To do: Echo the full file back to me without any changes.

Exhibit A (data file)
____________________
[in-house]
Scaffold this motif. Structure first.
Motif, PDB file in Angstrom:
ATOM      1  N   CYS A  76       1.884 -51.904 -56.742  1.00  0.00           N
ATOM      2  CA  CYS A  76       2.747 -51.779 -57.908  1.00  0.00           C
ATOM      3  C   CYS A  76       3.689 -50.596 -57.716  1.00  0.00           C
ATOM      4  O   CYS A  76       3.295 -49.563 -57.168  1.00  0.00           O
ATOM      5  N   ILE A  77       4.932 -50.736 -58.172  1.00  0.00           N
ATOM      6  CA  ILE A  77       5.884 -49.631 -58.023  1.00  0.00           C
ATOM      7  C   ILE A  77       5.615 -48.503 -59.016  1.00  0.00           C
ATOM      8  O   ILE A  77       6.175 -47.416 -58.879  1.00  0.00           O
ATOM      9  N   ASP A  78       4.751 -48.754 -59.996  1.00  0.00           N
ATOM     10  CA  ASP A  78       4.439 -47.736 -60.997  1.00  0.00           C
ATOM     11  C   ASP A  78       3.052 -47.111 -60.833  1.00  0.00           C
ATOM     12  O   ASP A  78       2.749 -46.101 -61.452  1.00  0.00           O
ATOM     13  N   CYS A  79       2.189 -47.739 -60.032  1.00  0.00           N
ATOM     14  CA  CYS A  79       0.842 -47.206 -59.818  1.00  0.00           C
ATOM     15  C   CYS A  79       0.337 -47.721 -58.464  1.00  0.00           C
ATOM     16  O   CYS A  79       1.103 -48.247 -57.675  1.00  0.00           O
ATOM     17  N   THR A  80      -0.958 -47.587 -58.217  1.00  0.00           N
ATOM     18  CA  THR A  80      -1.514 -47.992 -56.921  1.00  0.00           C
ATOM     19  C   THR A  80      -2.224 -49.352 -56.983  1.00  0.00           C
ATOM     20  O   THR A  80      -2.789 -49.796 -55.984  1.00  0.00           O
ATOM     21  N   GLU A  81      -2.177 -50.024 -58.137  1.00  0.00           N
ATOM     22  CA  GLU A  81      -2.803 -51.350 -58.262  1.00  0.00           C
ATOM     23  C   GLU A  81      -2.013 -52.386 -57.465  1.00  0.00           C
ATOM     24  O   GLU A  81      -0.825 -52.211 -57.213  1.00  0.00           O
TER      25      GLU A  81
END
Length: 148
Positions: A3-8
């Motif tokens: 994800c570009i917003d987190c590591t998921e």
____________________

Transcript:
[in-house]
Scaffold this motif. Structure first.
Motif, PDB file in Angstrom:
ATOM      1  N   CYS A  76       1.884 -51.904 -56.742  1.00  0.00           N
ATOM      2  CA  CYS A  76       2.747 -51.779 -57.908  1.00  0.00           C
ATOM      3  C   CYS A  76       3.689 -50.596 -57.716  1.00  0.00           C
ATOM      4  O   CYS A  76       3.295 -49.563 -57.168  1.00  0.00           O
ATOM      5  N   ILE A  77       4.932 -50.736 -58.172  1.00  0.00           N
ATOM      6  CA  ILE A  77       5.884 -49.631 -58.023  1.00  0.00           C
ATOM      7  C   ILE A  77       5.615 -48.503 -59.016  1.00  0.00           C
ATOM      8  O   ILE A  77       6.175 -47.416 -58.879  1.00  0.00           O
ATOM      9  N   ASP A  78       4.751 -48.754 -59.996  1.00  0.00           N
ATOM     10  CA  ASP A  78       4.439 -47.736 -60.997  1.00  0.00           C
ATOM     11  C   ASP A  78       3.052 -47.111 -60.833  1.00  0.00           C
ATOM     12  O   ASP A  78       2.749 -46.101 -61.452  1.00  0.00           O
ATOM     13  N   CYS A  79       2.189 -47.739 -60.032  1.00  0.00           N
ATOM     14  CA  CYS A  79       0.842 -47.206 -59.818  1.00  0.00           C
ATOM     15  C   CYS A  79       0.337 -47.721 -58.464  1.00  0.00           C
ATOM     16  O   CYS A  79       1.103 -48.247 -57.675  1.00  0.00           O
ATOM     17  N   THR A  80      -0.958 -47.587 -58.217  1.00  0.00           N
ATOM     18  CA  THR A  80      -1.514 -47.992 -56.921  1.00  0.00           C
ATOM     19  C   THR A  80      -2.224 -49.352 -56.983  1.00  0.00           C
ATOM     20  O   THR A  80      -2.789 -49.796 -55.984  1.00  0.00           O
ATOM     21  N   GLU A  81      -2.177 -50.024 -58.137  1.00  0.00           N
ATOM     22  CA  GLU A  81      -2.803 -51.350 -58.262  1.00  0.00           C
ATOM     23  C   GLU A  81      -2.013 -52.386 -57.465  1.00  0.00           C
ATOM     24  O   GLU A  81      -0.825 -52.211 -57.213  1.00  0.00           O
TER      25      GLU A  81
END
Length: 148
Positions: A3-8
């Motif tokens: 994800c570009i917003d987190c590591t998921e």